There are many ways that humans communicate. We speak, or remain silent. We scream out loud and we scream silently. We touch or recoil from touch. We speak honestly or we almost gag on our lies. We laugh, we cry.
If there is anything that tEEth’s Make/Believe is “about,” it seems to be exploring the myriad forms of human communication. As befits the troupe’s name, Portland-based choreographer Angelle Hebert and composer Philip Kraft are clearly interested in the mouth. In this latest work, they take that oral fixation to the extreme.
Though Make/Believe was commissioned by On the Boards and Portland’s dance-presenting organization, White Bird, this isn’t the first time Hebert and Kraft, tEEth’s co-Artistic Directors, have taken on communication as their subject. An earlier work, Grub, which premiered at On the Boards in 2009, had its genesis when the husband and wife team realized they were emailing each other while sitting at the same table. And Home Made, a section of which won On the Boards’ A.W.A.R.D. show in 2010, used mouth positions as one motif in its exploration of an intimate relationship.
In Make/Believe there is no narrative and almost no traditional dancing. Rather, it’s a series of episodes, most of them involving twisting and turning pas de deux. The dancers’ voices are as important as their rubbery bodies in conveying a gamut of emotions, from delight to anguish. The quartet of talented performers — Philip Elson, Noel Plemmons, Molly Sides, and Shannon Stewart — move across the stage in a series of contorted positions, talking unintelligibly, screeching, or opening their mouths in an eerie intimation of Edvard Munch’s masterpiece The Scream. Hebert is an extremely skillful dance maker and the numerous sequences flow naturally from one to the other, despite radically changing moods, lighting, and soundscapes.
Notwithstanding the fact that there is no obvious through line, Hebert and Kraft are able to create a dramatic arc that carries us from Make/Believe’s arresting opening section to its powerful conclusion. The work begins on a darkened stage with the dancers invisible in the background. Slowly, the sounds of laughter — everything from gentle giggles to hearty belly laughs — start to echo throughout the house. The lights gradually come up as we see the silhouettes of four kneeling performers held captive behind a glaring, thin line of light on the floor. In slow motion, they begin to crawl across the line and the dance begins in earnest.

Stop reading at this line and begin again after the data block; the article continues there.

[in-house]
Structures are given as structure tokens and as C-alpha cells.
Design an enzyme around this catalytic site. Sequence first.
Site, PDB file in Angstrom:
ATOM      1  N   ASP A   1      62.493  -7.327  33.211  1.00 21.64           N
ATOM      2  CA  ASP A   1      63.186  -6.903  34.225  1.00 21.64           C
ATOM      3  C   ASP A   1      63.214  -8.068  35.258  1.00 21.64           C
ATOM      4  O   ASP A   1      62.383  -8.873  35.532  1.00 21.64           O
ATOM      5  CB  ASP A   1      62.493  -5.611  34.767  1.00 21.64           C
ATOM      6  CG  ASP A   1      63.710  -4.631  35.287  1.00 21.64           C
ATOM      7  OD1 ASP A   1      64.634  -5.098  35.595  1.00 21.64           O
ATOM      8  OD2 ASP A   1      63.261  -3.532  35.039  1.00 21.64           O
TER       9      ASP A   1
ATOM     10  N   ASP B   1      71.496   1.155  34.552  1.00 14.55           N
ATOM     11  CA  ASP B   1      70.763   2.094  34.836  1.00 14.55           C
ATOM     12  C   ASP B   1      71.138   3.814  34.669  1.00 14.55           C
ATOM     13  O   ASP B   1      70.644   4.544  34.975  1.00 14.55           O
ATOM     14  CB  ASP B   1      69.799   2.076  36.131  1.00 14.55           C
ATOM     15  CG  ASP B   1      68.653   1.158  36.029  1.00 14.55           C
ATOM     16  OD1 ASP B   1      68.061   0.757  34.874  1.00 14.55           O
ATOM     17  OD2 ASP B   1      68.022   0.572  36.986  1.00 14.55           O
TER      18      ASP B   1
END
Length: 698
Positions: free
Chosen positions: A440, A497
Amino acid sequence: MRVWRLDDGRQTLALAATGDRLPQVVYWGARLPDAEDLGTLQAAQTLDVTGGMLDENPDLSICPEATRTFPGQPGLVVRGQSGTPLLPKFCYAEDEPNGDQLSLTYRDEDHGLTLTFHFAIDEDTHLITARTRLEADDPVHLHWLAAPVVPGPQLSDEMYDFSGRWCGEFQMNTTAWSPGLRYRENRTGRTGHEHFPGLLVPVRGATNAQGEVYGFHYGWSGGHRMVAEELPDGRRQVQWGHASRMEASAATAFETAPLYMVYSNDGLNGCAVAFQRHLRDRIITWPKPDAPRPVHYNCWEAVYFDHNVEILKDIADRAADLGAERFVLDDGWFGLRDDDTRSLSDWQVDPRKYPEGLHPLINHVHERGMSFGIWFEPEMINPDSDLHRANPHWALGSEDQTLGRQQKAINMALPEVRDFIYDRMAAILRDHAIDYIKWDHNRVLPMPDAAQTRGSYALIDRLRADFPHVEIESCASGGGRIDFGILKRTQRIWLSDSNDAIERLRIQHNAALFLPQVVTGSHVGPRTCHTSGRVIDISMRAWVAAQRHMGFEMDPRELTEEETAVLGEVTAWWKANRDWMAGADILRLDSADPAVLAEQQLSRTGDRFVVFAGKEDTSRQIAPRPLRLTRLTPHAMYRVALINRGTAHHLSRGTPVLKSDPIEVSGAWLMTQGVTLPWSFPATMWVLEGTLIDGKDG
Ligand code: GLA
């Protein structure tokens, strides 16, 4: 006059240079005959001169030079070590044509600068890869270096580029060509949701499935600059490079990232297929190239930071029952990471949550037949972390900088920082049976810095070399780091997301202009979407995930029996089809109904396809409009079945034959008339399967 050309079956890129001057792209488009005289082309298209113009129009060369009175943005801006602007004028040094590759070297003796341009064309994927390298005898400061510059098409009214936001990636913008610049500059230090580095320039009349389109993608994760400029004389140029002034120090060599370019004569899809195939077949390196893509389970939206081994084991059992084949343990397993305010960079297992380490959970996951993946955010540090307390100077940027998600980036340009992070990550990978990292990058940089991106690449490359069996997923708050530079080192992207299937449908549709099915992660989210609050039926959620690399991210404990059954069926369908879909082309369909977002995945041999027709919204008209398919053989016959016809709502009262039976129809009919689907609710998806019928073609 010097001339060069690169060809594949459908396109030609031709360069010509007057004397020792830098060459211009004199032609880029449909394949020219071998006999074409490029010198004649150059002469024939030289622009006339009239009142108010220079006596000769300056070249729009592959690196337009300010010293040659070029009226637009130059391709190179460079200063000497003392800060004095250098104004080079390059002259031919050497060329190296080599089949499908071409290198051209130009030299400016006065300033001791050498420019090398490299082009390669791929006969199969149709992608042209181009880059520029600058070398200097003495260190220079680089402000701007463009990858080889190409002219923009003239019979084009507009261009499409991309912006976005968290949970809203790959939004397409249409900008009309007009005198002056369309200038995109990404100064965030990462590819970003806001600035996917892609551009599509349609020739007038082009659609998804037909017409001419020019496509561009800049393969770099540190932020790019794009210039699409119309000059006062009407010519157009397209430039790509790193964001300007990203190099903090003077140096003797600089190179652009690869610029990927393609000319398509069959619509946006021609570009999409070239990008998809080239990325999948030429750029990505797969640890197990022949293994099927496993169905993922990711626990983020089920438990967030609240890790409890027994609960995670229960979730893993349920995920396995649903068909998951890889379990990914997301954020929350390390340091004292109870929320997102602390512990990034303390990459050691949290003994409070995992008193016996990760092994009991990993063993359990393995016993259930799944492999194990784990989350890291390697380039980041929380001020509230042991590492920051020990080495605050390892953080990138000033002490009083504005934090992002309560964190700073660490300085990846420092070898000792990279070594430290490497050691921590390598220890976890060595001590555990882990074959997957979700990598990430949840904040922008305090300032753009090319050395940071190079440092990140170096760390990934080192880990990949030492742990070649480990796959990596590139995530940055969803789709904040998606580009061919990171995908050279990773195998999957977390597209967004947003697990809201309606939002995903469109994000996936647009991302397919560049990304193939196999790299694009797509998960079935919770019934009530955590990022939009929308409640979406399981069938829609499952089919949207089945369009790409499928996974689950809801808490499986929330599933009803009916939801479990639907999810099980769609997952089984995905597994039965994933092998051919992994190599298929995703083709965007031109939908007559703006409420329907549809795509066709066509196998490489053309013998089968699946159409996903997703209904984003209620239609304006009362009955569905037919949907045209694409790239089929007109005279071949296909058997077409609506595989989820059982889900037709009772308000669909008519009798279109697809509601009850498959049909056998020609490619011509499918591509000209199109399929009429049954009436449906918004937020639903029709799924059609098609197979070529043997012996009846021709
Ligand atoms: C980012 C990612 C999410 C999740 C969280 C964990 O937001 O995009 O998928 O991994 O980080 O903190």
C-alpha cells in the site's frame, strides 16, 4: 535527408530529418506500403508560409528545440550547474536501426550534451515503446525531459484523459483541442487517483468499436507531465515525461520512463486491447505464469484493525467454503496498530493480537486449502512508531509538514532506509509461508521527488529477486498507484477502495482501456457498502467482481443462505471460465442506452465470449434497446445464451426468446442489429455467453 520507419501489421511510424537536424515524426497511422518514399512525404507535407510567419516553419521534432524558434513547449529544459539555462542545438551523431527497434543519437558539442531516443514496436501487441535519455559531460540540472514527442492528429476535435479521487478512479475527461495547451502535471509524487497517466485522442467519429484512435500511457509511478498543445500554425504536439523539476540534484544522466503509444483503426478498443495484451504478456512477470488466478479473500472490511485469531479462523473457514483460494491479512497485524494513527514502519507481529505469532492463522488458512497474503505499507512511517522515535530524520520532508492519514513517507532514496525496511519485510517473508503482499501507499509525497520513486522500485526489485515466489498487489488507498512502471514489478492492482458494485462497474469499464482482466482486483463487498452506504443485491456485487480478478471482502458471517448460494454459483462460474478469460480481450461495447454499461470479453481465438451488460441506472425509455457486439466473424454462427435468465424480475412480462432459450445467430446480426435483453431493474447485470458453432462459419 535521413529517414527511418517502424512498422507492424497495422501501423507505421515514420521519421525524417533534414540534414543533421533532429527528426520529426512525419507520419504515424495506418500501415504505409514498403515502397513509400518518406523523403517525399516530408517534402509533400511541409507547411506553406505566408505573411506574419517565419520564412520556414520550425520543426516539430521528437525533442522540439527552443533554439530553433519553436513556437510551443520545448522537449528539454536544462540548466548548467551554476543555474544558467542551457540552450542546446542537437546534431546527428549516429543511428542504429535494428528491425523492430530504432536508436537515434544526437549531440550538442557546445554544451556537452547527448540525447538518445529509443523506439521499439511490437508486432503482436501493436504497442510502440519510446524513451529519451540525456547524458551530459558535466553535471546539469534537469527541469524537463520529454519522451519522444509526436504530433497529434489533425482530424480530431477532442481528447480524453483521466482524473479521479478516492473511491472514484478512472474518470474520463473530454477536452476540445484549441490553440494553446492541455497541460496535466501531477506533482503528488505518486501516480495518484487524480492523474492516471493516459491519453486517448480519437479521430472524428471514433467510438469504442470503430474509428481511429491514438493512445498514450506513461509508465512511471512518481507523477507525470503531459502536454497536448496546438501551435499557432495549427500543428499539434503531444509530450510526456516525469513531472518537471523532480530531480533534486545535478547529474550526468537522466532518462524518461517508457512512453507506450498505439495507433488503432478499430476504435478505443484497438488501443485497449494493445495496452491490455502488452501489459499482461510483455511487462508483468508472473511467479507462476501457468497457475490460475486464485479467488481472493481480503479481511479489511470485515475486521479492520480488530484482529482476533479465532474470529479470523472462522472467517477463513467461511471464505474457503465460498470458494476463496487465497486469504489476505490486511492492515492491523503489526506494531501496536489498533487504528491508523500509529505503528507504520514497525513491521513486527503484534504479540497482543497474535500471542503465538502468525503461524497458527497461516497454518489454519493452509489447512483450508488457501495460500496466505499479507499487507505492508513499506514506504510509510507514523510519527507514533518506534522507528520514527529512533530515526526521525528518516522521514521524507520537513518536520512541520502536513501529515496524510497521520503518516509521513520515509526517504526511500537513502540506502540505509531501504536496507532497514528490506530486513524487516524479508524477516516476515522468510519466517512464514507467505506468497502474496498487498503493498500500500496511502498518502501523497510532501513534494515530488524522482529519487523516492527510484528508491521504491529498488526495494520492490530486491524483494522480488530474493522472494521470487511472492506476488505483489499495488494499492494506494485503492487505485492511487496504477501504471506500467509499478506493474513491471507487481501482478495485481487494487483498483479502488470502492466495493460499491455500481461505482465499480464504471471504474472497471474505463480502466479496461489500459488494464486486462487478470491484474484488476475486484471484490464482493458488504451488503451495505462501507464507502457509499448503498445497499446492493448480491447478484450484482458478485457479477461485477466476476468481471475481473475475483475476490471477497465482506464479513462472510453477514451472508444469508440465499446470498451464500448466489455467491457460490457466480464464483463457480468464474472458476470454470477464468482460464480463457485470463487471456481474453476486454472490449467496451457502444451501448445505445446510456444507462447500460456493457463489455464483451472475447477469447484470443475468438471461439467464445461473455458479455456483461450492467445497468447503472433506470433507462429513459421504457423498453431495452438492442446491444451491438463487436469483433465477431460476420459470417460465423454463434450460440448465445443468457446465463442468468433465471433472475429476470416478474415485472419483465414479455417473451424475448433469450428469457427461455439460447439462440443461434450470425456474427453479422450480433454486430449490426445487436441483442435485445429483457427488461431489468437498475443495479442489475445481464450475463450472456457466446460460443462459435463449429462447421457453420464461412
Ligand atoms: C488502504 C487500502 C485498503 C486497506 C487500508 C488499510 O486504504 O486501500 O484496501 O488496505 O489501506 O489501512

From this point on Make/Believe’s visually sparse but aurally complex style takes us through a series of sometimes highly sexualized interludes. Kraft’s industrial-noise score and Alex Gagne-Hawes’ dramatic lighting effects partner equally to create an intense environment from which it is impossible to escape, even if we wanted to.
In one of the most affecting sequences, Hebert reminds us that sometimes our words and our feelings are at odds. Sides, caught in a wide band of light, moves backward away from Plemmons, all the while telling him she wants to be closer to him, physically and emotionally. At the same time, he pulls her tighter and tighter to him as he barks at her to “get off me, leave me alone!” Hebert has captured an essential human behavior in which we sometimes say one thing while doing the opposite.
At another point, Stewart wraps her head in a long microphone cord with the mike stuck in such a way that she can barely speak. Her voice is electronically altered into a little-girl sound so that between her wrapped up mouth and squeaky voice, she is virtually unintelligible. The words want to get out, indeed they want to fill the theater, but Stewart can’t manage to say what’s inside her. Make/Believe’s final tableau reinforces the point as the four dancers move to the front of the stage, mics stuffed in their mouths, and stare intently at the audience, unable to utter a word.
One of the things that is so satisfying about any tEEth work is Hebert and Kraft’s attention to production details. Gagne-Hawes’ lighting is shockingly bright when it needs to be, shadowy and mysterious when the scene calls for that effect. Whether Gagne-Hawes is creating huge intersecting circles of light or a remarkable diamond-shaped prison-box for the dancers projected partly on the floor and partly on the back black curtain, he conveys the emotional essence of the sequence at hand.
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